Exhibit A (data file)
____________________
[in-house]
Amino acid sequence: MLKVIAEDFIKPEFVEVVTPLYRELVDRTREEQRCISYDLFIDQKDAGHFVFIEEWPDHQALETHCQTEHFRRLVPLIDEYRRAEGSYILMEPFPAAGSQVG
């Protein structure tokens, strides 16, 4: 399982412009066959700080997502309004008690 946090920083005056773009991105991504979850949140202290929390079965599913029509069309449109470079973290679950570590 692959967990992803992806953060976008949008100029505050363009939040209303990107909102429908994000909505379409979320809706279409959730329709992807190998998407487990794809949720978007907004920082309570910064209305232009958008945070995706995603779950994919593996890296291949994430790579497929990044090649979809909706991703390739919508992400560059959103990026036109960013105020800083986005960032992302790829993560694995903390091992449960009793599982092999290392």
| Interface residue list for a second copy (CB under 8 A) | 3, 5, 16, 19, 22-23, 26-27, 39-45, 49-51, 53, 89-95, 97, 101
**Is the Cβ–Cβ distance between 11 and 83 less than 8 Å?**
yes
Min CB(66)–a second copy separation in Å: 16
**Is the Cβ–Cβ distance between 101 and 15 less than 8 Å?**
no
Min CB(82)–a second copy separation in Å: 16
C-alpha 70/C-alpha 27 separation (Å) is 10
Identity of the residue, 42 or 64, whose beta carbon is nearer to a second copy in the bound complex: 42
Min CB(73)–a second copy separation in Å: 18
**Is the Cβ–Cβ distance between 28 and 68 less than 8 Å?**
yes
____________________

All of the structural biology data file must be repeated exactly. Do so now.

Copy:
[in-house]
Amino acid sequence: MLKVIAEDFIKPEFVEVVTPLYRELVDRTREEQRCISYDLFIDQKDAGHFVFIEEWPDHQALETHCQTEHFRRLVPLIDEYRRAEGSYILMEPFPAAGSQVG
């Protein structure tokens, strides 16, 4: 399982412009066959700080997502309004008690 946090920083005056773009991105991504979850949140202290929390079965599913029509069309449109470079973290679950570590 692959967990992803992806953060976008949008100029505050363009939040209303990107909102429908994000909505379409979320809706279409959730329709992807190998998407487990794809949720978007907004920082309570910064209305232009958008945070995706995603779950994919593996890296291949994430790579497929990044090649979809909706991703390739919508992400560059959103990026036109960013105020800083986005960032992302790829993560694995903390091992449960009793599982092999290392």
| Interface residue list for a second copy (CB under 8 A) | 3, 5, 16, 19, 22-23, 26-27, 39-45, 49-51, 53, 89-95, 97, 101
**Is the Cβ–Cβ distance between 11 and 83 less than 8 Å?**
yes
Min CB(66)–a second copy separation in Å: 16
**Is the Cβ–Cβ distance between 101 and 15 less than 8 Å?**
no
Min CB(82)–a second copy separation in Å: 16
C-alpha 70/C-alpha 27 separation (Å) is 10
Identity of the residue, 42 or 64, whose beta carbon is nearer to a second copy in the bound complex: 42
Min CB(73)–a second copy separation in Å: 18
**Is the Cβ–Cβ distance between 28 and 68 less than 8 Å?**
yes